Stephen “tWitch” Boss was a thoroughly modern dancer. He grooved with his family in TikTok videos. He appeared in the “Step Up” movies and the “Magic Mike” sequel. He lit up the stage of “The Ellen DeGeneres Show” for nearly a decade.
But when it came to the root of his own creative inspiration, Boss looked back to the early 20th century and the loose-limbed luminaries of Hollywood’s golden age.
“The greatest of all time had to be Gene Kelly, man. Gene Kelly, because he’s a guy’s guy. I love Fred Astaire, but Fred Astaire was so smooth, and it was great. He was so classy,” Boss told The Associated Press in 2014, the year he joined the “Ellen” show.
“But Gene Kelly — he could be like somebody’s dad, who just decided to get up off the couch and dance around and clean the kitchen up,” Boss added.
In the course of his all-too-brief artistic career, Boss — who died this week, at 40 — embodied so much of what he admired about Kelly: the easy charm, the infectious enthusiasm, the palpable zeal for his craft. You could imagine him dancing around his own kitchen.
He could make others feel like jumping off the couch, too. In his eight years at the “Ellen” show, Boss richly endeared himself to viewers. He was a staple of the daytime series, helping to set a tempo that got audience members on their feet.
The tributes that streamed in Wednesday were a testament to his effect on others and the sheer depth of his talent.
Paula Abdul, a dancing star of the 1980s and a former judge on “So You Think You Can Dance,” praised him as a key member of the contemporary dance world.
“tWitch greeted the world every day with a beautiful smile that was a direct reflection of his beautiful heart,” Abdul said in a statement. “He was a beacon of light & a true talent whose legacy & impact will live on in the dance community.”
Stephen Laurel Boss was born on Sept. 29, 1982, in Montgomery, Alabama. He started dancing as a teenager, performing in several local and regional theater productions. He specialized in freestyle moves.
Boss studied dance performance at Southern Union State Community College and Chapman University, and he later taught hip-hop dance at school back home in Alabama.
“He has the personality and the look to succeed,” Leslie Crook, one of his former students, told The Montgomery Advertiser in 2008. “He is just one of those ‘so likable’ people.
“Everyone that meets him falls in love with him,” she said.
Boss eventually moved to Los Angeles to chase his dreams of professional dance stardom. He scored small but career-boosting roles in the movies “Blades of Glory” and “Hairspray,” an adaptation of the Broadway smash.
“So You Think You Can Dance,” a reality show on Fox, introduced Boss to a much wider audience. He was the first runner-up during the show’s 2008 season, and he served as a judge a decade later.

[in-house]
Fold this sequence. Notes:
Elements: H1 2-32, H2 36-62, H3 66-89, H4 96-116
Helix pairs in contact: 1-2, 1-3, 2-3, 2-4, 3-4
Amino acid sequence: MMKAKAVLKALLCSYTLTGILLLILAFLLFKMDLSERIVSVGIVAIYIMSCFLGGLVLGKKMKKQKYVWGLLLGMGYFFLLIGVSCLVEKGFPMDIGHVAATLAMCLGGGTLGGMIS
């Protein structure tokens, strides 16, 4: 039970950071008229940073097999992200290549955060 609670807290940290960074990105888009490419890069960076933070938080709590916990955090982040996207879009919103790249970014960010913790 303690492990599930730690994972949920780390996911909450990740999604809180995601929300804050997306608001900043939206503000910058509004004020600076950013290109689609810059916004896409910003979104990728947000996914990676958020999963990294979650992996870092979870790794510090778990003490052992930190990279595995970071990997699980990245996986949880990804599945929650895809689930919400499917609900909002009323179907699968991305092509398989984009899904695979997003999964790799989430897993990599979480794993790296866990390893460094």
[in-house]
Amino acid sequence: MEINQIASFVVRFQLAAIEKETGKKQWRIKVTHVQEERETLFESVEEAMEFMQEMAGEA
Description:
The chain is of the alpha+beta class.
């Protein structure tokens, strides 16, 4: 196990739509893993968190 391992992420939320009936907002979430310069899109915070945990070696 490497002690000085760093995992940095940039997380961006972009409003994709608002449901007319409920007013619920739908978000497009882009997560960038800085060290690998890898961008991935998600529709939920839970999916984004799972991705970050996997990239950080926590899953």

“It really ingrained in me that you can do anything if you put your mind to it,” Boss told The Montgomery Advertiser in February 2009.
Boss made national headlines during the 2008 season, when he and a dance partner, Kherington Payne, performed a Viennese Waltz set to the Celine Dion song “A New Day Has Come.”
The dance had been created by choreographer Jean Marc Genereux as a tribute to his young daughter who had Rett syndrome, a severe genetic disorder.
The performance reportedly moved the judges and audience members to tears.
“The only time she gets so animated is when she sees people move,” Genereux told The New York Times, referring to his daughter. “Hopefully this piece will make her react and feel great.”
“So You Think You Can Dance” sent Boss to the next level of his career. He landed a part in the 2010 movie “Stomp the Yard: Homecoming” and got cast in three entries in the “Step Up” film series: “Step Up 3D,” “Step Up Revolution” and “Step Up: All In.”
Boss also appeared in a small role in “Magic Mike XXL,” the 2015 sequel to Steven Soderbergh’s portrait of a male stripper, played by Channing Tatum.
Boss began his tenure on the “Ellen” show in 2014, where he started out as a recurring guest DJ before taking on a more permanent role. He was a beloved fixture of the show, and in 2020 he was promoted to an executive producer role.
When the “Ellen” show was coming to an end last year, the host paid tribute to her sidekick and collaborator in glowing terms.
“I’m supposed to be throwing to a montage right now of some of our favorite celebrity moments, but I’m not going to do that,” DeGeneres said. “Over a decade ago, I met somebody who changed my life and our show — and I’m talking about you, tWitch.”
Boss, seemingly caught off guard, embraced DeGeneres and sat down next to her for an extended homage. The audience cheered and applauded.
Boss continued to reach into the homes of his fans even after the “Ellen” show ended. He and his wife, fellow professional dancer Allison Holker Boss, frequently posted videos on TikTok: the couple dancing to Lizzo; their kids dancing to a Fisher Price DJ toy.
She wished him a happy birthday in a TikTok video on Sept. 29. tWitch could be seen dancing, surrounded by family and friends, seemingly lost in the ecstasy of what he loved most.
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